Portable Eye Diagnostic DeviceTechnology #2016-223
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Portable Eye Diagnostic Device
To perform gonioscopy using an affordable, stand-alone and portable device to detect angle-closure glaucoma in the community by non-ophthalmologists
Partnership in commercial development
NUS Ref: 2016-223
Dr. Timothy Phua (firstname.lastname@example.org)
Industry Liaison Office, NUS Enterprise
Inventor Names: Victor Koh, Md Azri
affordable, easy-to-use and stand-alone gonioscopy device
Angle closure glaucoma (ACG) is an irreversible blinding disease which is more common in Asia which is associated with high eye pressure. Gonioscopy is a clinical examination which is still the most cost efficient manner of diagnosing the condition and screening for earlier stages of the disease. However, ACG is largely asymptomatic and currently, there is poor awareness of this condition in the community. When detected early, there are effective and safe treatments available.
Unfortunately, currently, gonioscopy requires a skilled ophthalmologist to perform and the examination suffers from poor reproducibility and expensive equipment. The alternatives are not suitable to be deployed in the community. As such, to date, screening and diagnosis of ACG is suboptimal.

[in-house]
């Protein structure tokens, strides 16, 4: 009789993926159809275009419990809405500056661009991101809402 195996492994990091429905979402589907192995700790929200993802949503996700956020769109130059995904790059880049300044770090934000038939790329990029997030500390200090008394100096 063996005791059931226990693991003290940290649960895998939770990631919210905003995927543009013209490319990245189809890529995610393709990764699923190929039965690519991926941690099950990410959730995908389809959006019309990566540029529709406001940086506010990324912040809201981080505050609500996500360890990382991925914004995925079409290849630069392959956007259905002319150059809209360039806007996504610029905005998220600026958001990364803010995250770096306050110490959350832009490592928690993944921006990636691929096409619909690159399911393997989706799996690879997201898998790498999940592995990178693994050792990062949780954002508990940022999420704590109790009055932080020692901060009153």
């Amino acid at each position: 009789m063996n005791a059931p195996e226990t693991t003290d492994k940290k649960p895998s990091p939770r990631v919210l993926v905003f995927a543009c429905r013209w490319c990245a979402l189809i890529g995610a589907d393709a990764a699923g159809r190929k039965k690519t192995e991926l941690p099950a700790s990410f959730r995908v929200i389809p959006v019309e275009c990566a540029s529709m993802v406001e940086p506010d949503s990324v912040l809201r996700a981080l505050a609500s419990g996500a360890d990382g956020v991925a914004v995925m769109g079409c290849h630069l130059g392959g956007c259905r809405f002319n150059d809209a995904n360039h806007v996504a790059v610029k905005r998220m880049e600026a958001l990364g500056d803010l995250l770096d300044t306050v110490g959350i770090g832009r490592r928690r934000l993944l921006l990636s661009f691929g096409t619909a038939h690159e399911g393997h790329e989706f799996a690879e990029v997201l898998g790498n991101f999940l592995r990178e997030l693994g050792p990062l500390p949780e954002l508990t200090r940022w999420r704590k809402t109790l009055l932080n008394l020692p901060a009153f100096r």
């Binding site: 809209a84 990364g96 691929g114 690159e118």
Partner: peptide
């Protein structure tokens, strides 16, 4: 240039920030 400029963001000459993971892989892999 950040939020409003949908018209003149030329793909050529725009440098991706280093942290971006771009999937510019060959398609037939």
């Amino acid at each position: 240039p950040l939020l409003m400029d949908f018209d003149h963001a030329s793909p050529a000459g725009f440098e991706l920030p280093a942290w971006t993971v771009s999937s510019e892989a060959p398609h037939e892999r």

The proposed Victaz device is an user-friendly, portable and affordable solution for the non-ophthalmologist to perform ACG screening in the community. It requires minimal contact with the eye and designed to be maneuvered with ease. The user is guided from the beginning using propriety software to optimize wide-field image capture and the photographic documentation can be easily graded to diagnose angle closure.
This invention describes a new device to achieve high-resolution imaging utilizing an 8 megapixel camera in conjunction with a microcomputer equipped with algorithms to auto acquire and grade anterior chamber images for ACG. Through a creative way of camera placement between the light source, polarizing filters, gonioscopy lens and the eyes, sharp, glare-free and magnified optical images can be obtained. This work is important in ophthalmology as it provides an objective, reliable, faster and simpler way of diagnosing the ACG than what is currently available.
FIG 1 (a) and (b) Anterior Chamber image of a prosthetic eye taken using Victaz
FIG 2 (a) Prototype
Dr. Victor Koh is an Associate Consultant with the Department of Ophthalmology, National University Hospital, Singapore. He graduated with M.B.B.S (Singapore) in 2007 and received his ophthalmology specialist accreditation in 2016. His main research interest includes medical devices related to ophthalmology in general and particularly in the management of glaucoma.
Muhammad Azri is a Research Engineer under the supervision of A/Prof. Zhao Qi. He received his Bachelor in Engineering from NUS in 2013. His research interests include CAD, 3D Printing, Image Processing, Coding and Machine Learning.
Ref : ID15112N